A Missouri judge on Thursday dismissed Circuit Attorney Kim Gardner (D.) from her role in prosecuting a St. Louis man who, together with his wife, brandished guns outside their home in a show of opposition against Black Lives Matter protesters.
Gardner exploited the high-profile cases against Mark and Patricia McCloskey in fundraising emails. That drew a rebuke from Circuit Judge Thomas Clark II, who was trying Mark McCloskey's case. Clark slammed Gardner for compromising the couple's right to a fair trial.
"The campaign emails demonstrate the Circuit Attorney's personal interest in this case, raise the appearance of impropriety and jeopardize the Defendant's right to a fair trial," Clark ruled.
Defense attorney Joel Schwartz said Gardner's fundraising appeal called into question the validity of the charges.
"It appears that she chose to prosecute them to rile her base in order to raise money and votes," he told the Washington Free Beacon.
Schwartz said he filed the motion to remove Gardner from the case because he did not believe she could be unbiased in her examination of the case. He argued that a more objective prosecutor would drop the charges against Mark McCloskey.
"I want to get an unbiased prosecutor taking a fresh look at the evidence," he said. "It is my belief, as it has been from day one, that there is no crime and the evidence will indicate that."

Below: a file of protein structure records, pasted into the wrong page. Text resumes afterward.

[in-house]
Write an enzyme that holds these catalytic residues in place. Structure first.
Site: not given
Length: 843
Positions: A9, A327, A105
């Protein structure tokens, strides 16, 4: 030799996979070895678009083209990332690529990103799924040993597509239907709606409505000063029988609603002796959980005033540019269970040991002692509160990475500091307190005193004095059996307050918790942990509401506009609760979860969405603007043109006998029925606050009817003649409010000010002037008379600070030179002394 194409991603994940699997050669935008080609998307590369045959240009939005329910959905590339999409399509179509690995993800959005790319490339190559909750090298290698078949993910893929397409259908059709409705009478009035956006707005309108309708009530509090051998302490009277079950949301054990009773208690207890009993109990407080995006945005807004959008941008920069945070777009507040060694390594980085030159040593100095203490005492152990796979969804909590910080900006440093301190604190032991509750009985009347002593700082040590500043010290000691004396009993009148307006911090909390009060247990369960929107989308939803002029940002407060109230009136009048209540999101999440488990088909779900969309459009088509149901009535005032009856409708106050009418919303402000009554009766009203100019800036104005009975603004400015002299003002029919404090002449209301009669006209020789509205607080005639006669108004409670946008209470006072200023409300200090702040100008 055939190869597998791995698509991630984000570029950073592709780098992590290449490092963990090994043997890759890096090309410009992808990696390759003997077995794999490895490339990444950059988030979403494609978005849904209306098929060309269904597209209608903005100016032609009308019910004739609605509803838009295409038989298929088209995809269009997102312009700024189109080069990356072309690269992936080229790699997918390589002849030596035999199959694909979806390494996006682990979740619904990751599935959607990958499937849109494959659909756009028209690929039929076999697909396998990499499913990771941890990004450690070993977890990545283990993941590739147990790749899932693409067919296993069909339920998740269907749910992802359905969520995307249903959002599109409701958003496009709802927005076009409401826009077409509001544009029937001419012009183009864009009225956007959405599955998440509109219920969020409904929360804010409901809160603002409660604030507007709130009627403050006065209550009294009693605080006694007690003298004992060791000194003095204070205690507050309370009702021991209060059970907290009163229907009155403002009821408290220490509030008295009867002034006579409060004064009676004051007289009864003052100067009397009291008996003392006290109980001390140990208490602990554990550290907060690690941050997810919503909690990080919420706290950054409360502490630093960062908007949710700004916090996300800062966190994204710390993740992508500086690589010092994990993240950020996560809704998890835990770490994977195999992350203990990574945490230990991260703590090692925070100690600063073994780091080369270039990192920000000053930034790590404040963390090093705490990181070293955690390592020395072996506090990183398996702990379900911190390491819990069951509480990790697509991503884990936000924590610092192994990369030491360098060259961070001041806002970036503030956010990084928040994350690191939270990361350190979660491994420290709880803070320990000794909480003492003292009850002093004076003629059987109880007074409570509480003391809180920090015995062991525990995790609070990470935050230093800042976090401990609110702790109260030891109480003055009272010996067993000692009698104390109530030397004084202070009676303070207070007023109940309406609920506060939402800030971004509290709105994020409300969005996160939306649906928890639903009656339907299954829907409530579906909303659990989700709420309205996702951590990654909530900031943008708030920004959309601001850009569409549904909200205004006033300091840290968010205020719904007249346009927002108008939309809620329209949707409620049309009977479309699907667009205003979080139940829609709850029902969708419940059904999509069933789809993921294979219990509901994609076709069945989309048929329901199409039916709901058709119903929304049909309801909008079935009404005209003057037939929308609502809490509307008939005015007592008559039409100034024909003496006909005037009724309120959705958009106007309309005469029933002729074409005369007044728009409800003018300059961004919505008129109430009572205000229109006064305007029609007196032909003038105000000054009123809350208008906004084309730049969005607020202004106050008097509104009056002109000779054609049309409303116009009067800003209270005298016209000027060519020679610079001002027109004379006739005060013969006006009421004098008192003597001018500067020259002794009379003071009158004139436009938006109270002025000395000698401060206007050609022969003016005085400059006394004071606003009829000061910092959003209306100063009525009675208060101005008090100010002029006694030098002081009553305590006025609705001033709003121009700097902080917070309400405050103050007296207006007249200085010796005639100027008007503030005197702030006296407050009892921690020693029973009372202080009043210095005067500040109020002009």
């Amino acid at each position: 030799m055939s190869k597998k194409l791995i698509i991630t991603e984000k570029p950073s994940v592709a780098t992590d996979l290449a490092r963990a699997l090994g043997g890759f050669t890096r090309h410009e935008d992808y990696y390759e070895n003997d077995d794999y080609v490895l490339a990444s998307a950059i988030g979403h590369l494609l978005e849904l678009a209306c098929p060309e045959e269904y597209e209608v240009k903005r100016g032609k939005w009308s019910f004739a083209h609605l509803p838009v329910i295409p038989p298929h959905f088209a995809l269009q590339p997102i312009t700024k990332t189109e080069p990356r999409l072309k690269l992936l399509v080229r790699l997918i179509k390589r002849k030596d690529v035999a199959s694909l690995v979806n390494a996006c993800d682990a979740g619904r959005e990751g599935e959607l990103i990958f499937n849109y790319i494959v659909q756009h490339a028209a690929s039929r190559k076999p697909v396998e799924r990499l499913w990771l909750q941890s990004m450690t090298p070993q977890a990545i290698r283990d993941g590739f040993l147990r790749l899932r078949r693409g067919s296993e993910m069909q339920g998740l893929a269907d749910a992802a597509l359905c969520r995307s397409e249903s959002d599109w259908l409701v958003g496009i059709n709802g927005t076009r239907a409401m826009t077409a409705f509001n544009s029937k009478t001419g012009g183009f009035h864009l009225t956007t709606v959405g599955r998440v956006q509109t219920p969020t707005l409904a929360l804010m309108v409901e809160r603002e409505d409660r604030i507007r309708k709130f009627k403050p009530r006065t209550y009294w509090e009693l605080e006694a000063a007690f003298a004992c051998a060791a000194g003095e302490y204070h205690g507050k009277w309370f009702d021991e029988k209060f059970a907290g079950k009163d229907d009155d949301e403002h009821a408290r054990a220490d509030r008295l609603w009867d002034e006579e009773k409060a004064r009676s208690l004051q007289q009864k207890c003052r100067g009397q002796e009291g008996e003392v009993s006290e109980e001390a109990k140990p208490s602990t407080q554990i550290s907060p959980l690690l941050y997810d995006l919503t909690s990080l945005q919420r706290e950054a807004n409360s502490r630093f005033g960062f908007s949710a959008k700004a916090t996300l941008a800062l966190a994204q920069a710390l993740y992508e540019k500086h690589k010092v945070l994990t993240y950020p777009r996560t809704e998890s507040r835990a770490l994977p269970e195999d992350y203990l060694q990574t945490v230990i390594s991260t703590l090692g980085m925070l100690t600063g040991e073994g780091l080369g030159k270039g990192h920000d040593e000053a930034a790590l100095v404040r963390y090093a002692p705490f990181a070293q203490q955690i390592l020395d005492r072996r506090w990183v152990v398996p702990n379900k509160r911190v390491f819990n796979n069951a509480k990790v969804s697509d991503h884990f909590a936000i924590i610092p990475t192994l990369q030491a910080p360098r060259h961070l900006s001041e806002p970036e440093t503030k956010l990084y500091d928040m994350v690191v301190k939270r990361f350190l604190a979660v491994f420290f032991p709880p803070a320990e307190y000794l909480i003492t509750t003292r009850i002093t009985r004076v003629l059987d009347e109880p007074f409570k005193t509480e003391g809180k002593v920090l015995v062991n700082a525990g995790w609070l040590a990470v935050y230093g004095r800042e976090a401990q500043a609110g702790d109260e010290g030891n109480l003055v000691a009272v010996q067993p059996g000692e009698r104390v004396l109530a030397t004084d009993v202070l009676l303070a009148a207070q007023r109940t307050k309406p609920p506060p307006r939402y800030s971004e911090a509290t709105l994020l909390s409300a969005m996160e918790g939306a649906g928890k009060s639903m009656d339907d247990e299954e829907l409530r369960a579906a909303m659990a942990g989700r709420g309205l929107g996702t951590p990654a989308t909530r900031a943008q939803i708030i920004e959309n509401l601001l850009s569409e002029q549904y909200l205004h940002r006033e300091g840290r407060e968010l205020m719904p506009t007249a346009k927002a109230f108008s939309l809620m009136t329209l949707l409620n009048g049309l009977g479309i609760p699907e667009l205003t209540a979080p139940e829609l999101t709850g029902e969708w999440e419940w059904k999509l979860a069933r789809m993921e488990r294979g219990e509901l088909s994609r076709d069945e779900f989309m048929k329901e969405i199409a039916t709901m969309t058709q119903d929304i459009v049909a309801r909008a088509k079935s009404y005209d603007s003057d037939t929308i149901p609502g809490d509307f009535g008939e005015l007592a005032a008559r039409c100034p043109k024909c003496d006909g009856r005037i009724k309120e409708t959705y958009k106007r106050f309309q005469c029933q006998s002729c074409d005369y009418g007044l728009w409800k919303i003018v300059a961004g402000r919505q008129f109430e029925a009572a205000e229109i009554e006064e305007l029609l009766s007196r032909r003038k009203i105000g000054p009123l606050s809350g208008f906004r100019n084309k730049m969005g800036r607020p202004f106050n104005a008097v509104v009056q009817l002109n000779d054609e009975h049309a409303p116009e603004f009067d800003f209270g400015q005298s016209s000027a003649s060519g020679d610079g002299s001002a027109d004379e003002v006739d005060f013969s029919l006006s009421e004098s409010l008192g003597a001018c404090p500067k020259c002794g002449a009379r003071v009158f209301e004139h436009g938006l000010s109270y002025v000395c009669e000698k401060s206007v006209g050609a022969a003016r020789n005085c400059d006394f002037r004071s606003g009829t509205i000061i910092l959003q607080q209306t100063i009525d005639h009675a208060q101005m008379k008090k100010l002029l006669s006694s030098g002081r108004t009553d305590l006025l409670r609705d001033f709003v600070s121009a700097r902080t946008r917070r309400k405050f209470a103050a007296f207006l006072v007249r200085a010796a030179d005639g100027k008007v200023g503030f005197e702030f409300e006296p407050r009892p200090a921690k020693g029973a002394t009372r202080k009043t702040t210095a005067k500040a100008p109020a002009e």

Gardner's campaign began fundraising off of the case even before charges were announced. She linked the McCloskeys to her political opponents, including Missouri senator Josh Hawley (R.), Governor Mike Parson (R.), and President Trump.
In one email, the campaign wrote, "The Senator of Missouri … has requested that the DOJ launch an investigation against Kim for upholding the law — because he believes the couple's right to wave guns around at people who were not threatening them to be a civil right."
In another email, the campaign told constituents that Gardner "isn't afraid to stand up and hold those accountable who are perpetuating a system of systemic racism and police brutality," immediately before soliciting donations.
The judge removed Gardner's entire office from the case, reasoning that no assistant attorney under Gardner's supervision and employment could be effectively screened from the appearance of impropriety.
Gardner's office declined to comment on the ruling beyond a public statement that the prosecutor's office will "review the court order and determine our options."
Schwartz said he planned to file a similar motion to dismiss Gardner from the separate case against Patricia McCloskey that stemmed from the same incident.
"I would hope that [a new] prosecutor after taking a look at this will dismiss the charges against both of them," he told the Free Beacon.
Gardner charged Mark and Patricia McCloskey in July for brandishing firearms at a crowd of Black Lives Matter protesters on their private street in St. Louis. Photos and videos of the incident went viral, and the couple, who argue they acted in self-defense, later joined a Trump campaign event in July and spoke at the Republican National Convention.